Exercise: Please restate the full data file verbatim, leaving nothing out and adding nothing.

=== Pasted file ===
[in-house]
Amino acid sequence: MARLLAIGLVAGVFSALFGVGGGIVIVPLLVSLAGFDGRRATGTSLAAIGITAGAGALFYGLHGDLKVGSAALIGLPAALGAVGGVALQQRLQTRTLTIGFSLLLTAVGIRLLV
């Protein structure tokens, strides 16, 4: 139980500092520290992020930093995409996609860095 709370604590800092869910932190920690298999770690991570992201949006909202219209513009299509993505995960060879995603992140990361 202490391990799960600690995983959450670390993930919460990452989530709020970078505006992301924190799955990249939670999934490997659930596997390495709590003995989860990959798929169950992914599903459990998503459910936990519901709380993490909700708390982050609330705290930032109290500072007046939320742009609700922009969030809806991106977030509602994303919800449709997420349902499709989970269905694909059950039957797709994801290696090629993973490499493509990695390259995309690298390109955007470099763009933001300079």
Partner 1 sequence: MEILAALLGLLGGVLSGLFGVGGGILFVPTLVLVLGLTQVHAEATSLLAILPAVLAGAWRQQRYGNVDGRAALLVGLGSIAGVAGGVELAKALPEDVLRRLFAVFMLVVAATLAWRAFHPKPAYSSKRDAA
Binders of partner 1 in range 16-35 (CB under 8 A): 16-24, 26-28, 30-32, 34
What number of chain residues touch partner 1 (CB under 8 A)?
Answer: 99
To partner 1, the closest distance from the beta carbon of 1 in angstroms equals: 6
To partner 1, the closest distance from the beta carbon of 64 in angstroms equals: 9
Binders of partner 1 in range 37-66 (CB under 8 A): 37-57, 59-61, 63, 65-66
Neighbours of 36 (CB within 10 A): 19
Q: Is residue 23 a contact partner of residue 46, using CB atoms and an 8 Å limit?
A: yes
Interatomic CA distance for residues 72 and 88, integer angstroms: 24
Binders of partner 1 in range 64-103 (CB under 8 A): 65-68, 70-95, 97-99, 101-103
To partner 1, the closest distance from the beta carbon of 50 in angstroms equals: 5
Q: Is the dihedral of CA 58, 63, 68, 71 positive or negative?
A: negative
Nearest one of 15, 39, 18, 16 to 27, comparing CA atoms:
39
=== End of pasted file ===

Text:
[in-house]
Amino acid sequence: MARLLAIGLVAGVFSALFGVGGGIVIVPLLVSLAGFDGRRATGTSLAAIGITAGAGALFYGLHGDLKVGSAALIGLPAALGAVGGVALQQRLQTRTLTIGFSLLLTAVGIRLLV
């Protein structure tokens, strides 16, 4: 139980500092520290992020930093995409996609860095 709370604590800092869910932190920690298999770690991570992201949006909202219209513009299509993505995960060879995603992140990361 202490391990799960600690995983959450670390993930919460990452989530709020970078505006992301924190799955990249939670999934490997659930596997390495709590003995989860990959798929169950992914599903459990998503459910936990519901709380993490909700708390982050609330705290930032109290500072007046939320742009609700922009969030809806991106977030509602994303919800449709997420349902499709989970269905694909059950039957797709994801290696090629993973490499493509990695390259995309690298390109955007470099763009933001300079």
Partner 1 sequence: MEILAALLGLLGGVLSGLFGVGGGILFVPTLVLVLGLTQVHAEATSLLAILPAVLAGAWRQQRYGNVDGRAALLVGLGSIAGVAGGVELAKALPEDVLRRLFAVFMLVVAATLAWRAFHPKPAYSSKRDAA
Binders of partner 1 in range 16-35 (CB under 8 A): 16-24, 26-28, 30-32, 34
What number of chain residues touch partner 1 (CB under 8 A)?
Answer: 99
To partner 1, the closest distance from the beta carbon of 1 in angstroms equals: 6
To partner 1, the closest distance from the beta carbon of 64 in angstroms equals: 9
Binders of partner 1 in range 37-66 (CB under 8 A): 37-57, 59-61, 63, 65-66
Neighbours of 36 (CB within 10 A): 19
Q: Is residue 23 a contact partner of residue 46, using CB atoms and an 8 Å limit?
A: yes
Interatomic CA distance for residues 72 and 88, integer angstroms: 24
Binders of partner 1 in range 64-103 (CB under 8 A): 65-68, 70-95, 97-99, 101-103
To partner 1, the closest distance from the beta carbon of 50 in angstroms equals: 5
Q: Is the dihedral of CA 58, 63, 68, 71 positive or negative?
A: negative
Nearest one of 15, 39, 18, 16 to 27, comparing CA atoms:
39